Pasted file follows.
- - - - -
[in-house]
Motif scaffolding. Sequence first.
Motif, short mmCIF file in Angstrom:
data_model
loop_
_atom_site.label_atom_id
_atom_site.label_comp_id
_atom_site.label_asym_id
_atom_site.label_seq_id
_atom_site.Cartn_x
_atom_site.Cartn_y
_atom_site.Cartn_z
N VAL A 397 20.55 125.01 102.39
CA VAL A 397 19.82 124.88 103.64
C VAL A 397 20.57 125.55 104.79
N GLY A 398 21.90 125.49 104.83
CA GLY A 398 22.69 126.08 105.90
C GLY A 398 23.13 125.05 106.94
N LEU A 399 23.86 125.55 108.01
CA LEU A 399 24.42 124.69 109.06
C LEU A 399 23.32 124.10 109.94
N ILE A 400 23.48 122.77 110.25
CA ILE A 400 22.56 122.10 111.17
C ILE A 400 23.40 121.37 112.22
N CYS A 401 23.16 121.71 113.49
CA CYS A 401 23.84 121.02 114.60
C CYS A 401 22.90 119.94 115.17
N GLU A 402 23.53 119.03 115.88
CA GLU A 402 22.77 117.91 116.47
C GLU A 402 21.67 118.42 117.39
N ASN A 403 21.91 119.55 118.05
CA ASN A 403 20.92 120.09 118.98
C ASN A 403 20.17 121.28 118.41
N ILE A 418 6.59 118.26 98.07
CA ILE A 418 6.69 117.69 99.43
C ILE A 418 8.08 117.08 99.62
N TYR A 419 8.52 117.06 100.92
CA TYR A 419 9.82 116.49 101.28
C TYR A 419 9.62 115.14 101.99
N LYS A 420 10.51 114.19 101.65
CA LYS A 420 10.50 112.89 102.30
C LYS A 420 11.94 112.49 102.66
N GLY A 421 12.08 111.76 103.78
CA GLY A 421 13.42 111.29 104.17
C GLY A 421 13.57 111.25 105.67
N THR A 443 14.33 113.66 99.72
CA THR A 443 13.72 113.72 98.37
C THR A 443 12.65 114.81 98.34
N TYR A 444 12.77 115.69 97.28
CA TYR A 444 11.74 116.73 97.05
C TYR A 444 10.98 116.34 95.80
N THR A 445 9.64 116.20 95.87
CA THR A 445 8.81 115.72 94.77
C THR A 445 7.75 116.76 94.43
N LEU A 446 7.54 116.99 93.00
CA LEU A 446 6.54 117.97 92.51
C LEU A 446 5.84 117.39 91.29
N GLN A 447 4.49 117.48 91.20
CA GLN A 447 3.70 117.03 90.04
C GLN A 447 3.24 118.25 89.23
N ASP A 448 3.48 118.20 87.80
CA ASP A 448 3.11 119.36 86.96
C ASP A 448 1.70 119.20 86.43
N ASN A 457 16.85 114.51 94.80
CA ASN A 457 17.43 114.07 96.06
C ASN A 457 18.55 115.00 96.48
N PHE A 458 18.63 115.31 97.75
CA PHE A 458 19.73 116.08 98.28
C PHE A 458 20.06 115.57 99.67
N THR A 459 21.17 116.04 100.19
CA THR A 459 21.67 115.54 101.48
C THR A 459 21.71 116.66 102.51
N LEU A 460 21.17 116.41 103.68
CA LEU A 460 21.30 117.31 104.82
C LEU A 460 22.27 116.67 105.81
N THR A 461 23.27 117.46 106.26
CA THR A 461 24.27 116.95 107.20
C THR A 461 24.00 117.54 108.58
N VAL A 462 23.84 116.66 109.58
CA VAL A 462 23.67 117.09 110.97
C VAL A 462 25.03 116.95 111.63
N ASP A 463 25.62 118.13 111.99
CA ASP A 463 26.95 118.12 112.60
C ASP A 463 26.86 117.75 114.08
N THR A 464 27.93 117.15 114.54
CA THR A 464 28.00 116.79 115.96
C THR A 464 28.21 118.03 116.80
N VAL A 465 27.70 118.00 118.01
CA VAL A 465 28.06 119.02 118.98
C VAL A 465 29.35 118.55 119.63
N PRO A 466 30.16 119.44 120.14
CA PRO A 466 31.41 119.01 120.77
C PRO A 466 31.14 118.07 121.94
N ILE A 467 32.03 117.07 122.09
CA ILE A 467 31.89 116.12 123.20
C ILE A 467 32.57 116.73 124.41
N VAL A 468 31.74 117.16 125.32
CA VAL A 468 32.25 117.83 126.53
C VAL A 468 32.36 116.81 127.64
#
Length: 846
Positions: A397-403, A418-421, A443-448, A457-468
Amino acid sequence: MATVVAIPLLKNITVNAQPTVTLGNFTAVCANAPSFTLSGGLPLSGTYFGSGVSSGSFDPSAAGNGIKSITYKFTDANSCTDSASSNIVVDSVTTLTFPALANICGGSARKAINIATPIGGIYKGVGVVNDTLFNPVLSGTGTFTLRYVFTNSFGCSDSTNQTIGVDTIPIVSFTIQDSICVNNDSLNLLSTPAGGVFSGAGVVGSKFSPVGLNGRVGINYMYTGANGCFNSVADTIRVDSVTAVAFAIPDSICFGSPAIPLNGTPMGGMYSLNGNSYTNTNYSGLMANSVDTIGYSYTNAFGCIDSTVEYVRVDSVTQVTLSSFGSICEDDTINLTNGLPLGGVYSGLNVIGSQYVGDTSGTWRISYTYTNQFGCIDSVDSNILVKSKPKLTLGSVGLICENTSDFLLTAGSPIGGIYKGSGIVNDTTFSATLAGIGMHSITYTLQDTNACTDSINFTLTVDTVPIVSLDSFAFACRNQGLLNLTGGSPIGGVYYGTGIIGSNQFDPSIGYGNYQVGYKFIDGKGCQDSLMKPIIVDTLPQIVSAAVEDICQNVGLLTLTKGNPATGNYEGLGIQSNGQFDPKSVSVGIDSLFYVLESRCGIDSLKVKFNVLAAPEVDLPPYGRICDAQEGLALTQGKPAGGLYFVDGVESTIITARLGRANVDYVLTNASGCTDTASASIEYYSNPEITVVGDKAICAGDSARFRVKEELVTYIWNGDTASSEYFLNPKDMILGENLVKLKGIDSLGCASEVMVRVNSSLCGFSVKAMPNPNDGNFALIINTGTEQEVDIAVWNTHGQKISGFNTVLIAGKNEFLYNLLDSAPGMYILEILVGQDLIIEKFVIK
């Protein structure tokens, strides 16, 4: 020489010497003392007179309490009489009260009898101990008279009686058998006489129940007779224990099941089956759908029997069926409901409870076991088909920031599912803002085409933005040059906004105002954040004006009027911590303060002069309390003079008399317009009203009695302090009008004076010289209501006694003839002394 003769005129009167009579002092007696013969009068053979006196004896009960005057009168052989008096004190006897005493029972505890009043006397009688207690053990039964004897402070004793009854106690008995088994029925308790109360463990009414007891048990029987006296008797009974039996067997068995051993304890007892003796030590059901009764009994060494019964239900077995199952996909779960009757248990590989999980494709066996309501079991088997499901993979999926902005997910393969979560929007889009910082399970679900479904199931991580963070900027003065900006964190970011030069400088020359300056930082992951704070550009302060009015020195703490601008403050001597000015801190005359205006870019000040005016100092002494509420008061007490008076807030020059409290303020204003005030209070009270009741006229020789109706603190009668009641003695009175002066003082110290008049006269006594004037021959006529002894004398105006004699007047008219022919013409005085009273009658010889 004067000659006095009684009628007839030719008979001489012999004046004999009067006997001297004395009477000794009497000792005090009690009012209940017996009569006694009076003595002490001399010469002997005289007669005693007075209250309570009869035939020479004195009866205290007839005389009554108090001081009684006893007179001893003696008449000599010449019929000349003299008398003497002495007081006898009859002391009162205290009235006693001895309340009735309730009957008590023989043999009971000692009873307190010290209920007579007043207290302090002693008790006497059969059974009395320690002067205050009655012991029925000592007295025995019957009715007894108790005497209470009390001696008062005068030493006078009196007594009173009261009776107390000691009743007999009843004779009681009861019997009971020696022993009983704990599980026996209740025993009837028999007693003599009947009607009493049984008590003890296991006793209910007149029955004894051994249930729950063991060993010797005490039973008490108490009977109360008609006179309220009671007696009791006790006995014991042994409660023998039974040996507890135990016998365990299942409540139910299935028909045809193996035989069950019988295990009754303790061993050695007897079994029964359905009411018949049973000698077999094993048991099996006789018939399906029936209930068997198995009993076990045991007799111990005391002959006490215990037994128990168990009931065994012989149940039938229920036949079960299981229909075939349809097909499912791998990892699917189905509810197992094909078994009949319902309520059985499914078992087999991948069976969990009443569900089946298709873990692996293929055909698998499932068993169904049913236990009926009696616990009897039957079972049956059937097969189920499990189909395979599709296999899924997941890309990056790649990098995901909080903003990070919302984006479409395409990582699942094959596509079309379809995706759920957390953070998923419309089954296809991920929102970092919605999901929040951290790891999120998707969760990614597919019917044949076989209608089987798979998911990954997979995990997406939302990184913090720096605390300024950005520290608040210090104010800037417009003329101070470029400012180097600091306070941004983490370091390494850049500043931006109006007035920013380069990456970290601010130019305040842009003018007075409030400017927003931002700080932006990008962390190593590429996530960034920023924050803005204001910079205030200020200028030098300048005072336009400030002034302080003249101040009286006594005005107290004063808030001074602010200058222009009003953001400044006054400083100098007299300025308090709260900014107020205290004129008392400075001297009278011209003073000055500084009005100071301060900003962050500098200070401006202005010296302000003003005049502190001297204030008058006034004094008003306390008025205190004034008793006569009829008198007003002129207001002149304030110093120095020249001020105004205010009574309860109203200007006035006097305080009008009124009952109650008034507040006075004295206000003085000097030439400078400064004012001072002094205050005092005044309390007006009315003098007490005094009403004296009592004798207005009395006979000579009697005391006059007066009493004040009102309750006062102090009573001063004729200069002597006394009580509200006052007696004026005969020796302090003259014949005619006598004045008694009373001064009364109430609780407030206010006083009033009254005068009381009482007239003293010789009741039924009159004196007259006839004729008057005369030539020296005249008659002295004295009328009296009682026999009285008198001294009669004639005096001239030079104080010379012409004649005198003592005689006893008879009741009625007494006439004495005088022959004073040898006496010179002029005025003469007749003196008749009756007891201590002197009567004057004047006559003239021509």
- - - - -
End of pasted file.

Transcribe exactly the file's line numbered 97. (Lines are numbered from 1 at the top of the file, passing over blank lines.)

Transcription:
N VAL A 468 31.74 117.16 125.32